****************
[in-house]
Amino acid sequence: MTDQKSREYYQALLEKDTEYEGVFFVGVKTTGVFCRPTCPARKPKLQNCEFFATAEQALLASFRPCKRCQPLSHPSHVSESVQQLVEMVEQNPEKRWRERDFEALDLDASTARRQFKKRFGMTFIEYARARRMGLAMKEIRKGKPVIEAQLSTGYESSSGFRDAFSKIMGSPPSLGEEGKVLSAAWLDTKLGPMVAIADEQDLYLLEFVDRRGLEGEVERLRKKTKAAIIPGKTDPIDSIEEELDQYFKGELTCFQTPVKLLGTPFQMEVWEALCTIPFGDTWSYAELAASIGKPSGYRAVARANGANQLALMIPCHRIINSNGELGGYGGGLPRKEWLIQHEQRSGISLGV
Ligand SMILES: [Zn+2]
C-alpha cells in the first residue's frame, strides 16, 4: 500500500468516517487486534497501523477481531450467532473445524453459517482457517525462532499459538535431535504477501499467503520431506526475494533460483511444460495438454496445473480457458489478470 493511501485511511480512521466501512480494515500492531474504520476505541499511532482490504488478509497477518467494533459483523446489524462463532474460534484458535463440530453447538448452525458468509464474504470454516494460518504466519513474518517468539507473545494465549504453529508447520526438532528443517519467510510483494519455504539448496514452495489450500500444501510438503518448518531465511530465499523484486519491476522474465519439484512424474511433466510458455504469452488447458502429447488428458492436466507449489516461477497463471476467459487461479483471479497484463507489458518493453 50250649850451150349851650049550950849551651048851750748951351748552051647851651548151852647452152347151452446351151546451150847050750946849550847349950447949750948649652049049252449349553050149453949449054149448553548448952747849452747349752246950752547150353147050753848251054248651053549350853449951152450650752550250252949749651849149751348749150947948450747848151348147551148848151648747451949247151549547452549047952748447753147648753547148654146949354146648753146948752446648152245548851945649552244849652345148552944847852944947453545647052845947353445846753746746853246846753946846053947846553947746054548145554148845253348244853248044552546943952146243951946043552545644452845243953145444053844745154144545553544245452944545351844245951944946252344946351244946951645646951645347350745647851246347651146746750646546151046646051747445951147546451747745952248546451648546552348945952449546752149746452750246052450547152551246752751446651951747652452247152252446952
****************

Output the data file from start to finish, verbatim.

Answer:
[in-house]
Amino acid sequence: MTDQKSREYYQALLEKDTEYEGVFFVGVKTTGVFCRPTCPARKPKLQNCEFFATAEQALLASFRPCKRCQPLSHPSHVSESVQQLVEMVEQNPEKRWRERDFEALDLDASTARRQFKKRFGMTFIEYARARRMGLAMKEIRKGKPVIEAQLSTGYESSSGFRDAFSKIMGSPPSLGEEGKVLSAAWLDTKLGPMVAIADEQDLYLLEFVDRRGLEGEVERLRKKTKAAIIPGKTDPIDSIEEELDQYFKGELTCFQTPVKLLGTPFQMEVWEALCTIPFGDTWSYAELAASIGKPSGYRAVARANGANQLALMIPCHRIINSNGELGGYGGGLPRKEWLIQHEQRSGISLGV
Ligand SMILES: [Zn+2]
C-alpha cells in the first residue's frame, strides 16, 4: 500500500468516517487486534497501523477481531450467532473445524453459517482457517525462532499459538535431535504477501499467503520431506526475494533460483511444460495438454496445473480457458489478470 493511501485511511480512521466501512480494515500492531474504520476505541499511532482490504488478509497477518467494533459483523446489524462463532474460534484458535463440530453447538448452525458468509464474504470454516494460518504466519513474518517468539507473545494465549504453529508447520526438532528443517519467510510483494519455504539448496514452495489450500500444501510438503518448518531465511530465499523484486519491476522474465519439484512424474511433466510458455504469452488447458502429447488428458492436466507449489516461477497463471476467459487461479483471479497484463507489458518493453 50250649850451150349851650049550950849551651048851750748951351748552051647851651548151852647452152347151452446351151546451150847050750946849550847349950447949750948649652049049252449349553050149453949449054149448553548448952747849452747349752246950752547150353147050753848251054248651053549350853449951152450650752550250252949749651849149751348749150947948450747848151348147551148848151648747451949247151549547452549047952748447753147648753547148654146949354146648753146948752446648152245548851945649552244849652345148552944847852944947453545647052845947353445846753746746853246846753946846053947846553947746054548145554148845253348244853248044552546943952146243951946043552545644452845243953145444053844745154144545553544245452944545351844245951944946252344946351244946951645646951645347350745647851246347651146746750646546151046646051747445951147546451747745952248546451648546552348945952449546752149746452750246052450547152551246752751446651951747652452247152252446952